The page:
London-based Amlin plc reported gross written premium for the three months ended March 31, 2015 of £1.26 billion ($1.96 billion), compared with £1.27 billion ($1.97 billion) reported for the said period in 2014. At constant rates of exchange, gross written premium decreased by 1.4 percent.
Income growth from strengthening of the U.S. dollar was largely offset by weakening in the euro, reflecting the geographical diversity of Amlin’s business.
Premium income by Amlin’s strategic business unit are reported as:
- Reinsurance gross written premiums came to £603.6 million ($936.9 million) for the first quarter of 2015, compared with £599.8 million ($931 million) reported for same quarter last year
- Property and casualty gross written premiums came to £465.3 million ($722.2 million) for the quarter, compared with £480.3 million ($745.5 million) reported for the first quarter of 2014
- Marine and aviation gross written premiums were £191.3 million ($296.9 million), compared with £196.6 million ($305.2 million) reported in Q1 2014.
While the company’s reinsurance business benefited from the prominence of its U.S. dollar revenue stream, income in both its marine and aviation and property and casualty businesses was affected by weakness in the euro, the company said in a statement.
Average renewal rates were down 3.5 percent, compared with a drop of 2.3 percent reported for the same period in 2014. Renewal retention rates remained healthy at 89.1 percent, compared with 88.2 percent reported in 2014.
Charles Philipps, Amlin’s chief executive, commented: “We have had a good first quarter, bearing in mind the more competitive market conditions which demand high levels of diligence in risk selection.”
The company is realizing a number of benefits from the changes made to the company’s organizational structure in 2014, said Philipps, pointing to outwards reinsurance programs, increased knowledge sharing and the ability to offer a wider product offering to some clients.
“We expect our business and geographical diversity, which has grown over recent years, to be of increased importance in the current environment,” he added.
Competition within reinsurance lines remains challenging, which is why the company has continued to be selective, focusing on areas where pricing meets acceptable rates of return.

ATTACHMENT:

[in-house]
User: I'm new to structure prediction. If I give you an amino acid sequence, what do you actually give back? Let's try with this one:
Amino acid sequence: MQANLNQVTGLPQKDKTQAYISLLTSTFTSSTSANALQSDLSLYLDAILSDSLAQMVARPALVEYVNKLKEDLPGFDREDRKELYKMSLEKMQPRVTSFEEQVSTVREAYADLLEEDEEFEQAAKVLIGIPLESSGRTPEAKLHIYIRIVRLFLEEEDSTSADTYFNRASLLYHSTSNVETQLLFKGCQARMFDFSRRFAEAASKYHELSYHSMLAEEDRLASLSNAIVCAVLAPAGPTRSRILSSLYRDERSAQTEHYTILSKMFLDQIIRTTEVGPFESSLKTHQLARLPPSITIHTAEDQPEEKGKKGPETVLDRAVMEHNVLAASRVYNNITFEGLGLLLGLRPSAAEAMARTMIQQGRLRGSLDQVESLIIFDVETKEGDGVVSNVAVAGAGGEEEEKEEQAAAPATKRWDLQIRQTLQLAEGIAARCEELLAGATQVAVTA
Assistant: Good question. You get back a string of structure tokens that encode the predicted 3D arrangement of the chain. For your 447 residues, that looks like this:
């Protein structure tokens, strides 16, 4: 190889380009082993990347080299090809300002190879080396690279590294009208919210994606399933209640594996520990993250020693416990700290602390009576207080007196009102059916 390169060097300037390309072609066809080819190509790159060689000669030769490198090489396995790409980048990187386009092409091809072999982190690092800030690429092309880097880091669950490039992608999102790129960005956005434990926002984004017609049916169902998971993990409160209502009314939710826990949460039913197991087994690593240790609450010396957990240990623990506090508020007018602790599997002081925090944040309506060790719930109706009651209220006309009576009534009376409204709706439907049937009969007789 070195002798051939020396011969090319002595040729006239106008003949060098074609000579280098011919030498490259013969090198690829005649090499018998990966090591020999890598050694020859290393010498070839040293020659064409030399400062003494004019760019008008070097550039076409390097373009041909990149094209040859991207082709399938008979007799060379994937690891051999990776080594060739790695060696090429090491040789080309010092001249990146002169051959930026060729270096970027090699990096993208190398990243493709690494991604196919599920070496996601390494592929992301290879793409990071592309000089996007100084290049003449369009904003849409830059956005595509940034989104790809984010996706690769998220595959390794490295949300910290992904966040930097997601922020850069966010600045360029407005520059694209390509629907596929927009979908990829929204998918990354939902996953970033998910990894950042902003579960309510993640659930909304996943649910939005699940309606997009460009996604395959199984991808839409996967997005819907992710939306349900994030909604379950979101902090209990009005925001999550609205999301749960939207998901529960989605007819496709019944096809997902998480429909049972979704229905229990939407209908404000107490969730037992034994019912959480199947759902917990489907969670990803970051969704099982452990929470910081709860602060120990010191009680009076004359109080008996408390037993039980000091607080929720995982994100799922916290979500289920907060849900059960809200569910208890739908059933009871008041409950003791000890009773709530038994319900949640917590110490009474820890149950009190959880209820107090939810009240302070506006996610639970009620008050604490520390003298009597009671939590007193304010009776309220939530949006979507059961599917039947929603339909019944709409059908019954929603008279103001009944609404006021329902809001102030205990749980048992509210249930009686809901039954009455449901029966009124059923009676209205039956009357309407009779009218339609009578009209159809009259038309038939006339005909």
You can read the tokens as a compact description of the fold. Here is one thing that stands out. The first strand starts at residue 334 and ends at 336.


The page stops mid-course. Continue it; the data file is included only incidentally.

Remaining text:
Overall, reinsurance renewal rates decreased by 6.3 percent. U.S. catastrophe renewal rates reduced by an average of 6.5 percent, while international catastrophe renewals experienced average rate decreases of 10.5 percent. However, non-catastrophe reinsurance classes, which now amount to approximately 20 percent of the company’s estimated annual premiums, saw less pressure, with renewal rates decreasing by 4.8 percent and new business of £58.8 million ($91.3 million) being added in the period.
U.S. property and casualty rates were down 2.8 percent. New business of £38.1 million ($59.1 million) was added in the period across property and casualty classes. In Amlin’s UK commercial business, UK fleet motor rates continued to rise, with an average of 6.3 percent in the first three months.
Renewal rates for marine and aviation business came under pressure across classes, but most notably for energy, which saw a rate decrease of 13.3 percent as falling oil prices impacted construction and drilling activity.
The group’s investment return for the quarter ended 31 March 2015 was ahead of expectations at 1.7 percent, with average funds under management of £4.4 billion ($6.8 billion). During this period bonds returned 0.9 percent, zero duration bonds returned 1.0 percent, cash and cash equivalents 0.1 percent, equities 5.7 percent and property 2.5 percent.
(Currency conversion used for this article was £1 = $1.55 as of May 21, 2015).
Source: Amlin plc
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